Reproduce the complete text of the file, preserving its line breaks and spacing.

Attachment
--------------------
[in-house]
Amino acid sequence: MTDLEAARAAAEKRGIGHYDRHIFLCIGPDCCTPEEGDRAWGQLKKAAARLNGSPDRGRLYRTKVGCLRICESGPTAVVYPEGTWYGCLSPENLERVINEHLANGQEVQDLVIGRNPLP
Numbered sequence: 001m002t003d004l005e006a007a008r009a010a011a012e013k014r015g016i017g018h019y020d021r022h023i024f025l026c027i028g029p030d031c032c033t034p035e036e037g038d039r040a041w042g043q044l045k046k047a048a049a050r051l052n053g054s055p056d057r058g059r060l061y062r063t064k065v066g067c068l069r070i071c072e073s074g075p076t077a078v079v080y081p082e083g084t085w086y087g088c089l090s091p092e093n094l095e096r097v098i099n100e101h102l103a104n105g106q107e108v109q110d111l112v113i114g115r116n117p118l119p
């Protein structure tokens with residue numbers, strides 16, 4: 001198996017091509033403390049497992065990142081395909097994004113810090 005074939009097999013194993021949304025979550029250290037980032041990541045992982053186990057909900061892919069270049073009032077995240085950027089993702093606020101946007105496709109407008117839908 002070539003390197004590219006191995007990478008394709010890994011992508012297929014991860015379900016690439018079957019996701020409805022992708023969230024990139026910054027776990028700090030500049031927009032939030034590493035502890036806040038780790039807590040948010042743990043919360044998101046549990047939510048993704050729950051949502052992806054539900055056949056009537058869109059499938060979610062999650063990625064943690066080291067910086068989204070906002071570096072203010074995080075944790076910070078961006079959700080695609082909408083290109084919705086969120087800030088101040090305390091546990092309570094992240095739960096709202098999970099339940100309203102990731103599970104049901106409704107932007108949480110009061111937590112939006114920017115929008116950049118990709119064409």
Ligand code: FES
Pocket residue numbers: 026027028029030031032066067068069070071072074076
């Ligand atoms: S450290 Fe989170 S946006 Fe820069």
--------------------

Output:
[in-house]
Amino acid sequence: MTDLEAARAAAEKRGIGHYDRHIFLCIGPDCCTPEEGDRAWGQLKKAAARLNGSPDRGRLYRTKVGCLRICESGPTAVVYPEGTWYGCLSPENLERVINEHLANGQEVQDLVIGRNPLP
Numbered sequence: 001m002t003d004l005e006a007a008r009a010a011a012e013k014r015g016i017g018h019y020d021r022h023i024f025l026c027i028g029p030d031c032c033t034p035e036e037g038d039r040a041w042g043q044l045k046k047a048a049a050r051l052n053g054s055p056d057r058g059r060l061y062r063t064k065v066g067c068l069r070i071c072e073s074g075p076t077a078v079v080y081p082e083g084t085w086y087g088c089l090s091p092e093n094l095e096r097v098i099n100e101h102l103a104n105g106q107e108v109q110d111l112v113i114g115r116n117p118l119p
């Protein structure tokens with residue numbers, strides 16, 4: 001198996017091509033403390049497992065990142081395909097994004113810090 005074939009097999013194993021949304025979550029250290037980032041990541045992982053186990057909900061892919069270049073009032077995240085950027089993702093606020101946007105496709109407008117839908 002070539003390197004590219006191995007990478008394709010890994011992508012297929014991860015379900016690439018079957019996701020409805022992708023969230024990139026910054027776990028700090030500049031927009032939030034590493035502890036806040038780790039807590040948010042743990043919360044998101046549990047939510048993704050729950051949502052992806054539900055056949056009537058869109059499938060979610062999650063990625064943690066080291067910086068989204070906002071570096072203010074995080075944790076910070078961006079959700080695609082909408083290109084919705086969120087800030088101040090305390091546990092309570094992240095739960096709202098999970099339940100309203102990731103599970104049901106409704107932007108949480110009061111937590112939006114920017115929008116950049118990709119064409």
Ligand code: FES
Pocket residue numbers: 026027028029030031032066067068069070071072074076
């Ligand atoms: S450290 Fe989170 S946006 Fe820069």